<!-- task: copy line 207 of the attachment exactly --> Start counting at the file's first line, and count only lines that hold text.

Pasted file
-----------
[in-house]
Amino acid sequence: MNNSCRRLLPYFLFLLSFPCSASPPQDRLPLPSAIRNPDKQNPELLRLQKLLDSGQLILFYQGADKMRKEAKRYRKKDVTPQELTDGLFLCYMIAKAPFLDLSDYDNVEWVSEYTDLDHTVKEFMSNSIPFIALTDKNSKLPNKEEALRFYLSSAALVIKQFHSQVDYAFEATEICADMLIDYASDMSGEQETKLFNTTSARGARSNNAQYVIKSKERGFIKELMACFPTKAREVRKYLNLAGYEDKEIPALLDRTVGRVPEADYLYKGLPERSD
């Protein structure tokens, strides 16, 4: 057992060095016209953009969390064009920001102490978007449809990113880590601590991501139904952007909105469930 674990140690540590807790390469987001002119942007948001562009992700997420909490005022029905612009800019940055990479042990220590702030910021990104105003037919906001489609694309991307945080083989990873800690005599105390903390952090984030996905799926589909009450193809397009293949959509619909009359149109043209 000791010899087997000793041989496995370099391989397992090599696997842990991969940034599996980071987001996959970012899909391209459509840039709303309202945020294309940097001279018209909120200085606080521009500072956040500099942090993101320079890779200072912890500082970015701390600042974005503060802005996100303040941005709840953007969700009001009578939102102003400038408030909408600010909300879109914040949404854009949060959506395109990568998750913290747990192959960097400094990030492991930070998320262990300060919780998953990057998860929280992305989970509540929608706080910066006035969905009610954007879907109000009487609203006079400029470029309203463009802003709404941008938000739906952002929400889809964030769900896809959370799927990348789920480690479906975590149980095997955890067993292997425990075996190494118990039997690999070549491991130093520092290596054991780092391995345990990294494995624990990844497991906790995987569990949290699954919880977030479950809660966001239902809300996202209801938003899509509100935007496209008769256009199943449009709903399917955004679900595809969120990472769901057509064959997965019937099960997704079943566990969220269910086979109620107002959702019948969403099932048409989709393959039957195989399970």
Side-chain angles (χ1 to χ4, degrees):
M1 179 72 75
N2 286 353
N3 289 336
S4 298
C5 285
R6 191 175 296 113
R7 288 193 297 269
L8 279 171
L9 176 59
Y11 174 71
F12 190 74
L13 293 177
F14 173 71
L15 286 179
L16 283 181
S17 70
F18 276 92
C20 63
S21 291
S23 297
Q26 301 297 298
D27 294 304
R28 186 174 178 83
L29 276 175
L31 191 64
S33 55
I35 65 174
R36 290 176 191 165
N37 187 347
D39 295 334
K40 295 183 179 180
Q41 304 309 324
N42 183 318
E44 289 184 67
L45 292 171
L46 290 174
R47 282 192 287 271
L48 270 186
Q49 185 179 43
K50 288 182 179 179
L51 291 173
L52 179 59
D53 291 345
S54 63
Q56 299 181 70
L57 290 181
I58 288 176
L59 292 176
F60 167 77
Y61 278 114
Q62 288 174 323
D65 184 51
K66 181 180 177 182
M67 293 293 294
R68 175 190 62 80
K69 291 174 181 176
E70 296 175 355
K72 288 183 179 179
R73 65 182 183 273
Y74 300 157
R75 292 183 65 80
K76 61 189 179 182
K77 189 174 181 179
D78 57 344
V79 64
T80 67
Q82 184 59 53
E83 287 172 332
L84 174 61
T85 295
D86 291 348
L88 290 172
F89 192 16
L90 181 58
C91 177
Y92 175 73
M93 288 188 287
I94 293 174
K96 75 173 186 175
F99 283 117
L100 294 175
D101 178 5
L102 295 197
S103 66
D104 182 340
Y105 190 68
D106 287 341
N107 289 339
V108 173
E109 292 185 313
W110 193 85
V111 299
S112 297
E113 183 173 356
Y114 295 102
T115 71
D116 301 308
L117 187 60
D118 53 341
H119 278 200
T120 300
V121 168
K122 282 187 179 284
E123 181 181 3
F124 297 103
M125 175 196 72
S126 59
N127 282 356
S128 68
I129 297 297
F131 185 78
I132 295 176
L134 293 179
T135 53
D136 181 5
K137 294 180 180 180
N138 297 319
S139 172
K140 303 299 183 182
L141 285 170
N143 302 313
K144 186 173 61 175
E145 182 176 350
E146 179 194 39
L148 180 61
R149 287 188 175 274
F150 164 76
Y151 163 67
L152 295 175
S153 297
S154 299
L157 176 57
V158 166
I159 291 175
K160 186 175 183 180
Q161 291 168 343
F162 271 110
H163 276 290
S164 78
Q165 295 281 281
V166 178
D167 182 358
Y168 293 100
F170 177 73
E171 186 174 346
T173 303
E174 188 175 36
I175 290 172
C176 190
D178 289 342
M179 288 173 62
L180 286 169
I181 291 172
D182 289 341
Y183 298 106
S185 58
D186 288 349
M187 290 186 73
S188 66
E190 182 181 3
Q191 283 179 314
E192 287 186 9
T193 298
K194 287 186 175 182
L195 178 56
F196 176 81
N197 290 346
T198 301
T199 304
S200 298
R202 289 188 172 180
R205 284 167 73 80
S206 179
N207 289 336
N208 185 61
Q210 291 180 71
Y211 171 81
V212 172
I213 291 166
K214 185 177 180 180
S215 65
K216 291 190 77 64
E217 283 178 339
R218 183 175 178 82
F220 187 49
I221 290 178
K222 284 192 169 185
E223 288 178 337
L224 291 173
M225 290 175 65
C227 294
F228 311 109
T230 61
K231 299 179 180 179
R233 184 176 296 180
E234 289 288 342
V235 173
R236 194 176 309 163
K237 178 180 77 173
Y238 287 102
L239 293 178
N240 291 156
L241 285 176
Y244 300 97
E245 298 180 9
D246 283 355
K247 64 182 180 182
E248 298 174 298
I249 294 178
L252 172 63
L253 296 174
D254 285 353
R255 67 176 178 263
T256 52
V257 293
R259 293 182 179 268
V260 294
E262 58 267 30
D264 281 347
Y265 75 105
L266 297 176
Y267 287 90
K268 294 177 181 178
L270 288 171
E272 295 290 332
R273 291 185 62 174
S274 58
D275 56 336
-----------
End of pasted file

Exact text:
L241 285 176